Conductive fabrics

Conductive tissues ensure the transport of substance through the plant’s body. These tissues can be classified into two types: xylem and phloem.

Conducting tissues are xylem and phloem.

Conductive tissues are plant tissues whose primary function is to conduct water and other substances throughout the plant’s body. The conduction of substances occurs through two types of tissue: the phloem and the xylem . Both xylem and phloem are continuous throughout plant organs, forming a true conduction system .

Xylem and phloem can be primary or secondary . The primaries are formed from the procambium , and the secondaries are formed from the lateral meristem called vascular cambium . The primary conducting tissues are organized in the axial system (parallel to the major axis of the organ), and the secondary conducting tissues are organized in the axial and radial system (arranged horizontally).

→ Xylem

The xylem is the tissue responsible for ensuring the transport of water and mineral salts to all parts of the plant. In addition to ensuring transport, this tissue stores substances and also guarantees support for the plant’s body.

This tissue is considered complex, since it is formed by different cell types. In addition to conducting elements, the xylem is also formed by parenchyma cells and fibers, for example.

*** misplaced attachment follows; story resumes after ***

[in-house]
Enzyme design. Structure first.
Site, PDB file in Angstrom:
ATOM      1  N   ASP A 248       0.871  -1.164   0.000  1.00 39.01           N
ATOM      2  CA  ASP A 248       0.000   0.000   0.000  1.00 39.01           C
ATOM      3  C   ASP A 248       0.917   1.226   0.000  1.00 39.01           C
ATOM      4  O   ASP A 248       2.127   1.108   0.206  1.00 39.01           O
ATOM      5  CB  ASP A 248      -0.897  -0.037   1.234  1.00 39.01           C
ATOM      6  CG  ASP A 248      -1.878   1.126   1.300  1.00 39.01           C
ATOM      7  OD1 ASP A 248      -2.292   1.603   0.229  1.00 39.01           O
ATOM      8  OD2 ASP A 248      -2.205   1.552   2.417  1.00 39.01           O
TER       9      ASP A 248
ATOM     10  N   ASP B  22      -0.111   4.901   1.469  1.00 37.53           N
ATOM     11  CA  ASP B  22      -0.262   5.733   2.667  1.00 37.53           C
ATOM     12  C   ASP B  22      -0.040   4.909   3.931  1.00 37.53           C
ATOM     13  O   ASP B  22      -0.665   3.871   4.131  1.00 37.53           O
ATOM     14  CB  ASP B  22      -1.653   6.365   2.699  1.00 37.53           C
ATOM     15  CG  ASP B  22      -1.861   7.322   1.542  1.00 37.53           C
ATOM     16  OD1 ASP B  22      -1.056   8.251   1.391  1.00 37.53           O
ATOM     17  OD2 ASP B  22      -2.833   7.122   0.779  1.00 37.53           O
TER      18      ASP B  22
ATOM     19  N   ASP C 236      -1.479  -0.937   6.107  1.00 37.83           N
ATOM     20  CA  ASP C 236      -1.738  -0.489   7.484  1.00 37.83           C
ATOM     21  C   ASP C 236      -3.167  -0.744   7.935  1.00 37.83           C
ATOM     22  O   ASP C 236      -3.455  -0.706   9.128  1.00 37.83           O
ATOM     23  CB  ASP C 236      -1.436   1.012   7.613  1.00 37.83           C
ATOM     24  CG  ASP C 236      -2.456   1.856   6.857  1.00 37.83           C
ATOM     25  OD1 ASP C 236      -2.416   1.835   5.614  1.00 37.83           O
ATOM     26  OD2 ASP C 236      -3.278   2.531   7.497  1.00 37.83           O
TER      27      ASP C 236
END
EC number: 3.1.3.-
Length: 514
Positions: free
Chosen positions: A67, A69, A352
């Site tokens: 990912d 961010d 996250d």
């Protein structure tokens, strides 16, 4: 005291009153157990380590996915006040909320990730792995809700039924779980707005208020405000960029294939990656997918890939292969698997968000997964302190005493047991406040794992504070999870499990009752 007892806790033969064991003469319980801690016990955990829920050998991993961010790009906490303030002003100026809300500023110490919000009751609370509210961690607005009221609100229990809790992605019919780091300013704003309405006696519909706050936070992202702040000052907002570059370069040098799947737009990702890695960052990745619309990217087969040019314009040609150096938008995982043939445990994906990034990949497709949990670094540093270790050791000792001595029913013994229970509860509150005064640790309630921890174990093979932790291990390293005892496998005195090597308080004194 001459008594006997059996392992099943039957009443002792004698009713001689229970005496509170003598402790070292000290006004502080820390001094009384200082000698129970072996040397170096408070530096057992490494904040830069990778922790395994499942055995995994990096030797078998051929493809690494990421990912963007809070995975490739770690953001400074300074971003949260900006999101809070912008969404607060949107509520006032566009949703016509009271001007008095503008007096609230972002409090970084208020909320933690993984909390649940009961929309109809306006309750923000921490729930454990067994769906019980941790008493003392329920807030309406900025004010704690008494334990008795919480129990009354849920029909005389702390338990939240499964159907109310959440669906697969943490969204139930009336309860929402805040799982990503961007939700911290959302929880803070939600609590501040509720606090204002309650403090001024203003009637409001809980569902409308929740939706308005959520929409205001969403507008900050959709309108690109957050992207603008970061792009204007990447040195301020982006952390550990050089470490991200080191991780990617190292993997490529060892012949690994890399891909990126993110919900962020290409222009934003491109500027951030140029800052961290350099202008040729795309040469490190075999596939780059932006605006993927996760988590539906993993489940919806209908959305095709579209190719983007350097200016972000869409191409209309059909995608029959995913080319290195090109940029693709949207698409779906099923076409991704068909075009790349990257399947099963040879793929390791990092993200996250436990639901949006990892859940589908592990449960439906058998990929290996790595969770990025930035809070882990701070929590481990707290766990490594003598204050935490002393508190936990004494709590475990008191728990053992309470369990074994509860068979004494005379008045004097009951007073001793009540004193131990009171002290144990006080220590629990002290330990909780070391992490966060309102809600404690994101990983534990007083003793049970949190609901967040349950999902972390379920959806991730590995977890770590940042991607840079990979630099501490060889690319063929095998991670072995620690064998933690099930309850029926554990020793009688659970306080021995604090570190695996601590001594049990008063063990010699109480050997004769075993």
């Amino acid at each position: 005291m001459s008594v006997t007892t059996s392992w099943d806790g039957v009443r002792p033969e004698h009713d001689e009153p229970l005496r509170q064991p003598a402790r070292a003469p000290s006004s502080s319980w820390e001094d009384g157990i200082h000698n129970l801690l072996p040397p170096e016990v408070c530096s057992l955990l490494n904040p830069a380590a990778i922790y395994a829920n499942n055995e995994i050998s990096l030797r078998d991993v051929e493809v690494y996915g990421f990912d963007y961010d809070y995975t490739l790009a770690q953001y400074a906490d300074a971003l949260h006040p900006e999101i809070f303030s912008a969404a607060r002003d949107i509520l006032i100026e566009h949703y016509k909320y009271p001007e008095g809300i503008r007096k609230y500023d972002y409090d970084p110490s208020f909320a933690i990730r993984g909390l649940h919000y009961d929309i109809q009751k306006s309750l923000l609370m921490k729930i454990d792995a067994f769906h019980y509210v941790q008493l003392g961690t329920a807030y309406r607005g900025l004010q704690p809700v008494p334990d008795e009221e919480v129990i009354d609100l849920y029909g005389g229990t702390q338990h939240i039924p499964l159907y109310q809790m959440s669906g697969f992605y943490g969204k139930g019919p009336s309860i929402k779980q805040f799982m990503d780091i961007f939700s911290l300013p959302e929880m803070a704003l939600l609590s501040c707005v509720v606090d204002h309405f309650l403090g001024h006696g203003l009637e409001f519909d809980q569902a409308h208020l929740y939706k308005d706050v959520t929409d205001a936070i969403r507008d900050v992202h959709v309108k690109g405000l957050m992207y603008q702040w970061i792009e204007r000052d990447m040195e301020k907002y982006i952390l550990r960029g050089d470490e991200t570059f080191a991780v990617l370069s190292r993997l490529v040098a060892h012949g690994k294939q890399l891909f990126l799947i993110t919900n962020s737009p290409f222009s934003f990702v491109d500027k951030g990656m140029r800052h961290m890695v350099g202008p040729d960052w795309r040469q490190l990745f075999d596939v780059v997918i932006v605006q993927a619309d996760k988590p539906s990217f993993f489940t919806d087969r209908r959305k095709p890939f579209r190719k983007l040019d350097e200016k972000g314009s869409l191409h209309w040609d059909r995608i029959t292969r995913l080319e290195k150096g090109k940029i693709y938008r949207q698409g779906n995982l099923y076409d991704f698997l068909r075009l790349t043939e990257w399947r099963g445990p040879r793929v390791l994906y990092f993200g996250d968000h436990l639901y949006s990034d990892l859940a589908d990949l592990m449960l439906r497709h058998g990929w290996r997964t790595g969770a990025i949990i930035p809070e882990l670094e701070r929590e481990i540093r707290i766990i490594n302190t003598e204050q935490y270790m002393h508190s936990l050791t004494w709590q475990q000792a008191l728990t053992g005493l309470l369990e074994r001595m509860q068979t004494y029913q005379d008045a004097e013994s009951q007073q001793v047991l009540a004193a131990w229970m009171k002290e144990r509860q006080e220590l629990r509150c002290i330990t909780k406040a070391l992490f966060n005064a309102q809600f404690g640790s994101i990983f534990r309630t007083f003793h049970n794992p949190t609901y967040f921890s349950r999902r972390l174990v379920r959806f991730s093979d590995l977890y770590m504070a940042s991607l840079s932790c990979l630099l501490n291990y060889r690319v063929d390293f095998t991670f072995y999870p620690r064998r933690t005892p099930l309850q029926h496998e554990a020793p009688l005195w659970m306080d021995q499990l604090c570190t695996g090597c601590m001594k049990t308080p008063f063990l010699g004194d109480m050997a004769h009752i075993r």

The xylem elements responsible for conduction can be of two types: tracheids and vessel elements . These two cell types do not have a live protoplast at maturity, a characteristic that favors the transport of substances. Tracheids are imperforate elements, and vessel elements are distinguished by the presence of perforation plates (openings in the walls).

Analyzing the plant groups, we realized that tracheids are found in gymnosperms and in more primitive angiosperm groups. Vessel elements, in turn, are found in angiosperms and also appear in some more evolved groups of gymnosperms.

→ Phloem

Phloem conducts organic and inorganic material such as amino acids, hormones, sucrose and nucleic acids. The transport of these substances occurs from the producing organ to the consuming organ.

The phloem, like the xylem, is a complex tissue due to the presence of different cell types. In addition to the elements responsible for conduction, there are parenchyma cells, fibers and sclereids. Among the parenchyma cells, the companion cells stand out, which seem to be related to the distribution of substances in the sieve tube.

Phloem conducting cells are of two types: sieve cells and sieve tube elements. These cells have sieved areas (with pores), are alive and do not have a nucleus at maturity. Sieve cells have sieve areas on all walls, and sieve tube elements have sieve plates (with larger pores) on the end walls and sieve areas on the sides.

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